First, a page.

Friday, August 29, 2008

Recollections of the Papal Conclave of August 1978

Cardinal Joseph Ratzinger --
It’s true that some of us German-speaking cardinals sometimes met. . . . It was a small group. We absolutely didn’t want to decide anything, but only talk a little. I let myself be guided by Providence, listening to the names and seeing agreement was finally reached on the Patriarch of Venice.

I knew him personally. During the summer vacation of 1977, in August, I was staying in the diocesan seminary of Bressanone and Albino Luciani came to visit me. The Alto-Adige is a part of the ecclesiastical region of the Triveneto and he, who was a man of a exquisite courtesy, felt as Patriarch of Venice almost an obligation to go and look up his young confrere. I felt unworthy of such a visit. On that occasion I was struck by his great simplicity, and also by his wide culture. He told me he knew the area well, that he’d come there with his mother as a child on pilgrimage to the sanctuary of Pietralba, a monastery of Italian Servites lying at an altitude of a thousand meters, much visited by the faithful of the Veneto. Luciani had many fine memories of those places and not least for that he was pleased to be back in Bressanone. . . .

I was very happy about [his election]. To have as pastor of the universal Church a man of that goodness and with that luminous faith was the guarantee that things were going well. He himself was surprised and felt the weight of the great responsibility. You could see he was suffering the blow a bit. He hadn’t expected to be elected. He wasn’t a man who was after a career but thought of the posts he’s had as a service and also a suffering. . . .

Personally I’m altogether convinced he was a saint. Because of his great goodness, simplicity, humility. And for his great courage. Because he also had the courage to say things with great clarity, even going against current opinions. And also for his great culture of faith. He was not just a simple parish priest who had become patriarch by chance. He was a man of great theological culture and of great pastoral sense and experience. His writings on catechesis are precious. And his book Illustrissimi, which I read immediately after his election, is very fine. Yes, I’m convicted that he is a saint.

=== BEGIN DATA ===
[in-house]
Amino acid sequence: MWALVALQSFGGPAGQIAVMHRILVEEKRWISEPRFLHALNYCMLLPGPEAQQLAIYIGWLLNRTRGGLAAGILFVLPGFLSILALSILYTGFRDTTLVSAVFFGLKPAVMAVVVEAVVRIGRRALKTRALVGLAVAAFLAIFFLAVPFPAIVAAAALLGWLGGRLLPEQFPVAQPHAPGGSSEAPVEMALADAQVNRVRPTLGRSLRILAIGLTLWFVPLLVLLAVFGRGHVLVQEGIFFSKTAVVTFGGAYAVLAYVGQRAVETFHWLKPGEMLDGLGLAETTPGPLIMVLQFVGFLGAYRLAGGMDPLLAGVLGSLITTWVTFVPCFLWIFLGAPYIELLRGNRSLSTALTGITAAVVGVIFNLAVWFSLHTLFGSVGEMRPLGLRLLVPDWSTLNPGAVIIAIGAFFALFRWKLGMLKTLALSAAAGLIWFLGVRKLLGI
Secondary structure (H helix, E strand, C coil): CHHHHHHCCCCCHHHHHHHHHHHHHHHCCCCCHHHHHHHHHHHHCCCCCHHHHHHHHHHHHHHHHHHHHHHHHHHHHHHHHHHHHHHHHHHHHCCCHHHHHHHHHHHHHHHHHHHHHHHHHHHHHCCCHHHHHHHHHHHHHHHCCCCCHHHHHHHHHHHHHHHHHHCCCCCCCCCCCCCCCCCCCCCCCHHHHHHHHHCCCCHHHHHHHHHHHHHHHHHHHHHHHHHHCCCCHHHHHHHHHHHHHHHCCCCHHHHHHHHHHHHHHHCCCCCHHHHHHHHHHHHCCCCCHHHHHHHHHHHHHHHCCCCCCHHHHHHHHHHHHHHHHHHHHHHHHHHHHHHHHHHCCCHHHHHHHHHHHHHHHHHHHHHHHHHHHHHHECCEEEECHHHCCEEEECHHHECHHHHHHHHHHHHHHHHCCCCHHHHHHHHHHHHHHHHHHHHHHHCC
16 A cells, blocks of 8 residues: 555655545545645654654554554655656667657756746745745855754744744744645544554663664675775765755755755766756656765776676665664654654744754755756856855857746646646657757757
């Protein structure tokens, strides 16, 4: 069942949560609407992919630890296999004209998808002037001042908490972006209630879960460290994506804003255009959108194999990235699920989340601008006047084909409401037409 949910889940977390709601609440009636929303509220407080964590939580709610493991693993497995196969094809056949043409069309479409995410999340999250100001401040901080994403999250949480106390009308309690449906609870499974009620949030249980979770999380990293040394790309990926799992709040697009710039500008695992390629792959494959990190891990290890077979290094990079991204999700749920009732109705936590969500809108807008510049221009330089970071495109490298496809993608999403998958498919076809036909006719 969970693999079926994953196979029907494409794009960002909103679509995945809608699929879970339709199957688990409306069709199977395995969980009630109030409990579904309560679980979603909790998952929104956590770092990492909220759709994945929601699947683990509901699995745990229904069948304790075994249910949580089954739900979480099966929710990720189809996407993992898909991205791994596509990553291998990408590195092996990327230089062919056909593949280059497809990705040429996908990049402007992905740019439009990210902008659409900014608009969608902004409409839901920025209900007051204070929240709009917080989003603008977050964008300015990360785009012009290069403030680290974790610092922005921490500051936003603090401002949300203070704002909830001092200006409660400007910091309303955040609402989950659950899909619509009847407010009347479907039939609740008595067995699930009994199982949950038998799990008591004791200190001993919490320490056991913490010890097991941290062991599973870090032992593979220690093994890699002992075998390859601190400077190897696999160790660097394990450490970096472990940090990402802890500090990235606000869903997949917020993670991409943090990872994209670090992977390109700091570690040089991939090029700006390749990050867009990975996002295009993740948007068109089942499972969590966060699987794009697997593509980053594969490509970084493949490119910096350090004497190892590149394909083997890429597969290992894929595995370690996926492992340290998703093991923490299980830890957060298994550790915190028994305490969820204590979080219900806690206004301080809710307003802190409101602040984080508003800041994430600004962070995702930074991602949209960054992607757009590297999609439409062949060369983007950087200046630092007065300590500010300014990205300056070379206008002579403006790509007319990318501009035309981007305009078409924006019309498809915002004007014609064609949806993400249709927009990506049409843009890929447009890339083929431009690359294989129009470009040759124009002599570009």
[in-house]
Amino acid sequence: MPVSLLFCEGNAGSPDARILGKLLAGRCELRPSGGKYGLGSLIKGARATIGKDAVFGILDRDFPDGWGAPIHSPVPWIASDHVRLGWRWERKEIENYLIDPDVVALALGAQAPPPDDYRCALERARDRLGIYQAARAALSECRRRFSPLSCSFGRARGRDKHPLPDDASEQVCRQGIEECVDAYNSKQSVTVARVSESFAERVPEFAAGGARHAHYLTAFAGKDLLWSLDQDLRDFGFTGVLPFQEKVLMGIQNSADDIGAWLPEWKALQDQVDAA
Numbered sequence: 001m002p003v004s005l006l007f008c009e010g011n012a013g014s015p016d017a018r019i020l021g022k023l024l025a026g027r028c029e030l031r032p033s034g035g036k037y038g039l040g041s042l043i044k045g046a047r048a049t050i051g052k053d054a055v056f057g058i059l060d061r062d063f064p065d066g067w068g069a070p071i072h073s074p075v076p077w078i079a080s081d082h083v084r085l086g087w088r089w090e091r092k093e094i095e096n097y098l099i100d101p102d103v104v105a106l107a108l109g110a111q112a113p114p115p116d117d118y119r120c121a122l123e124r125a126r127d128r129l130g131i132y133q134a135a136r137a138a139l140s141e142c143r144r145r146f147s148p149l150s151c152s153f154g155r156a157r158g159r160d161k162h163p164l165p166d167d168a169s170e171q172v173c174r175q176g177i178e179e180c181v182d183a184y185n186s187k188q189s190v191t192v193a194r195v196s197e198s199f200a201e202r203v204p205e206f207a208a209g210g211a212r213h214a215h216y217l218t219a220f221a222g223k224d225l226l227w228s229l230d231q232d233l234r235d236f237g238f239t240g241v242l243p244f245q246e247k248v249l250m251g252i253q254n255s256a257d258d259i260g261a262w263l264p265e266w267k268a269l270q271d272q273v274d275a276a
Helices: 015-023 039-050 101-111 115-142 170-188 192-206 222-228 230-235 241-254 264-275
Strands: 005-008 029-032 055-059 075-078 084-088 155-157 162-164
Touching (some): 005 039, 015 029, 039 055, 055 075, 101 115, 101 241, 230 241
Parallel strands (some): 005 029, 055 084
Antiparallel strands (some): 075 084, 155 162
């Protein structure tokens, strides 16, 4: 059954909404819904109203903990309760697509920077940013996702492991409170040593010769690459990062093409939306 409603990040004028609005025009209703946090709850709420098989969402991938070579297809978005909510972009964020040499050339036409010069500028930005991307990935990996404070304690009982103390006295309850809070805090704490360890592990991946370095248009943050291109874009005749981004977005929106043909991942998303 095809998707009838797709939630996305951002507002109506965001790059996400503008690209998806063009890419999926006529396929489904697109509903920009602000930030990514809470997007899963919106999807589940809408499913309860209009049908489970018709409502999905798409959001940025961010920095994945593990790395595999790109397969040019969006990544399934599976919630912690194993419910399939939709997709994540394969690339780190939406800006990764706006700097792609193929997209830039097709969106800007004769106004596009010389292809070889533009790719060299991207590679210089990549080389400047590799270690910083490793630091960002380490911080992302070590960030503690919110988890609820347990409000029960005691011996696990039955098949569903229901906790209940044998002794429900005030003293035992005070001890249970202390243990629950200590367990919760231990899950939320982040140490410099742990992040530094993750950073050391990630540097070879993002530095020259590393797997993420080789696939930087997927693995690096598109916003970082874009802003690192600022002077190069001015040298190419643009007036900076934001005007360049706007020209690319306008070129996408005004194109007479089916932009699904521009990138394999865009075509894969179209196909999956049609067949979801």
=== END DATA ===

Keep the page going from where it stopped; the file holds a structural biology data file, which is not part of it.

Cardinal Jaime Sin, Archbishop of Manilla --
During the conclave following [Pope Paul VI's] death, I was still the youngest among the cardinals and so I was the doorkeeper. I was the one who attended to the needs of some of the elderly and infirm cardinals. I remember helping out Cardinal Albino Luciani of Venice one night. He was very simple, humble and meek. I liked his smile a lot. I took the palm of his hand pretending to know what the future holds for him. I joked that he will be the next pope. He was not happy about it and told me to go back to my room. The next day he was elected pope and history knew him as John Paul I, the smiling Pope.

Cardinal Jaime Sin --
I had different opportunities to assist Cardinal Luciani during the conclave that elected him as a Pope. He had a bad cough in the days of the conclave and I remember helping him especially during those nights when he seemed without peace and was unable to sleep. He was imprinted on me as a holy man, a bit delicate but very happy. I liked him because of his simplicity. He was so surprising. He was emerging rightly by virtue of his simplicity.

Cardinal Aloísio Lorscheider, Archbishop Emeritus of Aparecida, Brazil --
Paul VI held Albino Luciani in great esteem: he had named him Patriarch of Venice, a most important See, and Luciani wrote pieces for Paul VI on the Concordat and on the right to life. . . . I believe that not only was the Patriarch of Venice the successor Paul VI hoped for but that of all of them he was the one who would have best followed and did follow the basic tendencies of his Magisterium. . . .

The fundamental point was that we wanted a pope who was first of all a good pastor. The idea was for an Italian, not a man of the Curia. The name of Albino Luciani came out during the Conclave.